The price of democracy in the Queenstown Lakes district is a $2 coin.
Nearly three weeks after voting for the district’s council closed, it took a judge, a vote recount and the toss of a coin last Thursday to decide who would take the final seat at the table.
After it turned up heads, Frankton Community Association chairman Glyn Lewers won the sixth Wakatipu ward seat at the expense of technology strategist AJ Mason.
The tie breaker was presided over by council electoral officer Jane Robertson, who told the pair she would flip the coin and let it fall to the floor.
“I hope it doesn’t roll. Best wishes.”
Afterwards, the two men immediately shook hands and warmly embraced.
Lewers said the past two weeks had been a “rollercoaster”.
“The emotions have been up and down, so I know exactly how AJ’s feeling.
“It’s going to take a while to sink in, but it’s one weird way of solving it.”
He would back Mason if he decided to run for council again in three years’ time.
“He certainly needs to be at this table as well.”
Mason, who was sworn in to the council and underwent an induction on October 24, said he was proud to have Lewers representing him on the council.
He was confident he would do a “great job”.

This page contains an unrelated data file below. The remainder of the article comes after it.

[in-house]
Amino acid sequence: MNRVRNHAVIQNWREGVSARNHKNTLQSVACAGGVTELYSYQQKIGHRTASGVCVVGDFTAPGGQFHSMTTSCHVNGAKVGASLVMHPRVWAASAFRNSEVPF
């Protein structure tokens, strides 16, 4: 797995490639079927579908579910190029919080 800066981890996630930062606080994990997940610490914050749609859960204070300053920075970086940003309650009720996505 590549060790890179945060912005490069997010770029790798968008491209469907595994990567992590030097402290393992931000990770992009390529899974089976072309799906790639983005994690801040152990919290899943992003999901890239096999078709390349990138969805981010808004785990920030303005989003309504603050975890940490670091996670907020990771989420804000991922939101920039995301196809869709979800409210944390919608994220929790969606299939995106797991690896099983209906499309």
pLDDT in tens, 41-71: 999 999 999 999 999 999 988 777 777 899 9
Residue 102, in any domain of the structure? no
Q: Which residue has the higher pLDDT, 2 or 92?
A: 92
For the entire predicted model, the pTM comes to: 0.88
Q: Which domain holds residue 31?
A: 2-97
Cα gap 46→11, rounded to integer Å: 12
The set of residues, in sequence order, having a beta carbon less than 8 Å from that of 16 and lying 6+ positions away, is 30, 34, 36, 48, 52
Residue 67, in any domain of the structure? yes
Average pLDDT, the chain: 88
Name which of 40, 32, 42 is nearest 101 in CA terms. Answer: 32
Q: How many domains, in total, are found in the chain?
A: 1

“I certainly look forward to spending the next three years ringing him about potholes in the road.”
The tied vote showed how important it was for people to vote, he said.
The coin toss was authorised by district court judge Mark Callaghan, according to local electoral regulations, after a manual recount of votes requested by Lewers resulted in the pair being tied on 2183 votes.
The preliminary election results, released on October 12, had Lewers in front of Mason by two votes. But when the final result was released five days later, Mason ended on 2184, one in front of Lewers (2183).
The recount found a single vote had been incorrectly recorded by vote counting software.
Callaghan said the vote was for candidate Valerie Miller, but a small mark had been left in the area next to Mason’s name.